Higher Education

, Volume 60, Issue 1, pp 101–118

Faculty attitudes and training needs to respond the new European Higher Education challenges


  • María José Fernández Díaz
    • Universidad Complutense de Madrid
  • Rafael Carballo Santaolalla
    • Universidad Complutense de Madrid
    • Facultad de EducaciónUniversidad Nacional de Educación a Distancia (UNED)

DOI: 10.1007/s10734-009-9282-1

Cite this article as:
Fernández Díaz, M.J., Carballo Santaolalla, R. & Galán González, A. High Educ (2010) 60: 101. doi:10.1007/s10734-009-9282-1


The main objective of the Bologna Process is to create a “European space” for higher education that allows for comparability, compatibility, and coherence between the existing systems of higher education across Europe. This objective is commonly known as the European higher education area (EHEA). The creation of the EHEA is a new and specific challenge for higher education in Europe, one that depends upon improved faculty development and training across Europe. The integration of Spain and other European countries into European higher education more generally entails these challenges. In order for necessary changes in faculty development and training to take place, university managers and policy makers must account for designing training plans, as well the knowledge, attitudes and needs of faculty members. This investigation was undertaken with these themes in mind. Conducted in Madrid, Spain, it included 257 professors from ten different schools of the Universidad Complutense de Madrid. The aim of the investigation was to understand faculty knowledge and attitudes about changes in higher education in Europe. Moreover, with an eye to helping faculty members cope with the change that is accompanying the creation of EHEA, the investigators sought to understand the importance that faculty members place upon professional development and how current approaches to professional development at the university level could be improved. The results indicate a degree of ignorance regarding changes in European higher education as well as a feeling of resistance on the part of many faculty members. While many faculty members consider knowledge of change processes and adaptability to be important qualities, faculty responses also indicate a clear need for guidance if they are going to integrate new learning models and adequate coping strategies into their work in higher education.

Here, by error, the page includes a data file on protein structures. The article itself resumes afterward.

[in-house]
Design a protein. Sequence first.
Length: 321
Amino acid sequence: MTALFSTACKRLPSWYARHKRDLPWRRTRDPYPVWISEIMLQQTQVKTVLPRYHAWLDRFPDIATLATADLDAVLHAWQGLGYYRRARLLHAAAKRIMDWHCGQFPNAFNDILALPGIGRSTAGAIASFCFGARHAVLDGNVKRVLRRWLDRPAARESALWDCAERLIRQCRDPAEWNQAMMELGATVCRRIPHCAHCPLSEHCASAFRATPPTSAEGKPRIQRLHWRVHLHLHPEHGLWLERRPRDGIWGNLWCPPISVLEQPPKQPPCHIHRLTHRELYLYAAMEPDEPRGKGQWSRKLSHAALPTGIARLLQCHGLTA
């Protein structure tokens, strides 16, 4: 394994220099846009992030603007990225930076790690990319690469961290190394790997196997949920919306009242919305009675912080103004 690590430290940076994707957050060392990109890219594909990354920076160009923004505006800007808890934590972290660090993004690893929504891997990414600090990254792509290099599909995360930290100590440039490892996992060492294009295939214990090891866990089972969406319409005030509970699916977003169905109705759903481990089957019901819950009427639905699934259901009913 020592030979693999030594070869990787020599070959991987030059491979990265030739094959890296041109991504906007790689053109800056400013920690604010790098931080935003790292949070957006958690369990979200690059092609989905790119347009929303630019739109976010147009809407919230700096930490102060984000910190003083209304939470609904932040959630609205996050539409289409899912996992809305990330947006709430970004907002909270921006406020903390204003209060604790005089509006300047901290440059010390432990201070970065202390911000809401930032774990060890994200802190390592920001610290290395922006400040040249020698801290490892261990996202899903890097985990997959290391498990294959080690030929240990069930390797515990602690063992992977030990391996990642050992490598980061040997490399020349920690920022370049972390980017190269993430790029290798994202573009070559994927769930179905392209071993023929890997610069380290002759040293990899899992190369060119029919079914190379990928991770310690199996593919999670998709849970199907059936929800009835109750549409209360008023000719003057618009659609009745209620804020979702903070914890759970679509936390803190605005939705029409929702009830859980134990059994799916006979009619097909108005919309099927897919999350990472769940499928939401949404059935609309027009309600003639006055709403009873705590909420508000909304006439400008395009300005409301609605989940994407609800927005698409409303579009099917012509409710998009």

Training needsFaculty attitudesUniversity teacher trainingHigher educationEuropean area of higher educationSpanish higher education

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© Springer Science+Business Media B.V. 2009